Martin Breheny: County boards need experts to oversee growing revenues
Unpublished report recommended specialist finance officer in every set-up
The news that Galway spent almost €1.85 million on preparing men's teams this year will send a tremor through the GAA's financial systems at a time when they are coming under increasing pressures on a number of levels.
The Tribesmen's massive spend, which equates to a staggering €6,650 for each of the 277 days between the permitted return date for training last November and the All-Ireland senior and minor hurling finals on August 19, has taken costs to new heights.
It comes at a time when the county is attempting to cleanse itself of a murky financial past, which a member of an interval audit committee (Paul Bellew) described on Monday as "rotten to the core". Galway County Board treasurer, Michael Burke, who has just completed his first year, didn't pull his punches either, alleging that attempts had been made by a small minority to erect "every barrier and obstacle to prevent me and the honest and decent people in Galway GAA from getting the truth".
A detailed internal audit of finances over the last few years was undertaken but the final report has not been published for legal reasons.
However, Burke was adamant that things would change.
"The problems and wrongdoings of the past have been identified and I'm fully satisfied that Galway GAA, which is a great product, is out of life-support and well on the way to recovery."
The bombshell comments from Burke and Bellew came a few days after Peter McKenna, GAA stadium and commercial director, said that the final costs of redeveloping Páirc Uí Chaoimh could reach €110 million, €24 million more than announced last year and €40 million more than the original projection.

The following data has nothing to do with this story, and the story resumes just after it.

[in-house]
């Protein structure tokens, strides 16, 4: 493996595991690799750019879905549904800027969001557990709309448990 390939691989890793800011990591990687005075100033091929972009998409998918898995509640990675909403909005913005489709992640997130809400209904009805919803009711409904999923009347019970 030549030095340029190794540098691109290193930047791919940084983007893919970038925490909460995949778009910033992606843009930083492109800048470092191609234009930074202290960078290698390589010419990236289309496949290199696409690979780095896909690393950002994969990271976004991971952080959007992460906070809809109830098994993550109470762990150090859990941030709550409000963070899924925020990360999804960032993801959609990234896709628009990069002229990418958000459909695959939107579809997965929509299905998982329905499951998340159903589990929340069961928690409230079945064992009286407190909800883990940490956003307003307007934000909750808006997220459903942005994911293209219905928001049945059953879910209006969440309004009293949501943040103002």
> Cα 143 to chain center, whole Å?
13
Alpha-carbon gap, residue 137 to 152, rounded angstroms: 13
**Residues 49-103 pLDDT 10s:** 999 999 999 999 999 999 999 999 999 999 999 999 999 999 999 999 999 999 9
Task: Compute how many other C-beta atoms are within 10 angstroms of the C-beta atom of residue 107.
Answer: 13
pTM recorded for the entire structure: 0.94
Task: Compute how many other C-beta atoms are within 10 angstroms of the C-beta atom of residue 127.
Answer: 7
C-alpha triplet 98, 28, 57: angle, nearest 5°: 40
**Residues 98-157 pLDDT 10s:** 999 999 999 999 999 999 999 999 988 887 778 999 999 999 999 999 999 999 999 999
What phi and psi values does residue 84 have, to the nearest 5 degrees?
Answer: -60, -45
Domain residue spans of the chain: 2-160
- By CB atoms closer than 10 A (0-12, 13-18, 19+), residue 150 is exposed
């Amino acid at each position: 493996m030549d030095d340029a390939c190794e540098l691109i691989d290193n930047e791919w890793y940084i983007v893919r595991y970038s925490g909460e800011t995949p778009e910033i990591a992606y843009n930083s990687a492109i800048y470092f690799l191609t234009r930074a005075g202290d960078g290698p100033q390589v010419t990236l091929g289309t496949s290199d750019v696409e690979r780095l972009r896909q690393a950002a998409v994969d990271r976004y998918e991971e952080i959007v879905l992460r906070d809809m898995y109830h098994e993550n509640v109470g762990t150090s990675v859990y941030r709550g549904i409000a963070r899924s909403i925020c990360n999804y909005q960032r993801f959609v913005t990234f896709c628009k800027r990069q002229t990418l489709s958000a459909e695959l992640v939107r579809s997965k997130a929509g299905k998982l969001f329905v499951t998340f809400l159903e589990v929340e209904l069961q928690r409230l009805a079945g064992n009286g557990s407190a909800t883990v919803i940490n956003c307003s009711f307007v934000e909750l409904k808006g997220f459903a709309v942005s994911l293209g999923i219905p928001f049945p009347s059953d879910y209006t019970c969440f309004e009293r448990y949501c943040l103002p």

Cork have given a different version, of the situation but clearly a problem exists which will take a long time to rectify.
The revelations about Galway and Cork underline the growing extent of the challenges facing counties at a time when enormous amounts of money are washing through county board accounts.
Cork's problems highlight the risks of undertaking massive building programmes, while poor financial administration has rocked Galway.
In addition, the cost of doing well in hurling and football took spending to a level in Galway that will inevitably raise the question: is there to be no limit on the amount spent on teams?
Galway's spiralling costs arose from the extended championship campaigns by the senior and minor hurling and football teams but €1.85 million is still an incredibly high figure. The spend last year was €1.3 million.
New director-general Tom Ryan warned last February that the cost of preparing teams was "foremost among our financial risks" over the coming years.
In what was his last report as finance director, he said that the long-term financial health of all counties depended on controlling and managing it properly.
The massive surge in revenues and costs over the last decade raises the important question of whether county board accounting systems, which were designed to cater for a different era, are any longer fit for purpose.
It's estimated that the total turnover for the 32 counties is around €75 million per annum, a staggering figure which requires expert accounting procedures. Larger clubs have sizeable turnovers too but most rely on volunteer members to oversee the accounts.
Central Council and the four provincial councils employ expert practitioners to run their financial affairs and the same is now surely necessary for county boards too.
The issue of how finance should be dealt with was covered in a leaked report last January.
'Towards 2034' (the GAA's 150th anniversary) recommended the appointment of a finance manager in every county but since it was never published there has been no public discussion on the proposal.
"The pressure to sustain the day-to-day operations of the GAA is emerging very much at club and county level.
"The increasing costs associated with sustaining clubs and counties financially have become a major and possibly too onerous a burden for volunteer county officers.
"It should be asked whether it is appropriate in a modern association for volunteers to have responsibility for the management of very significant budgets at county level," concluded the report, which was commissioned by then president Aogán ó Fearghail.
For reasons which have never been explained, the extensive report, which covered a wide range of issues, was never published.
That doesn't invalidate the case for having a specialist finance officer in every county to take charge of what is essentially a business.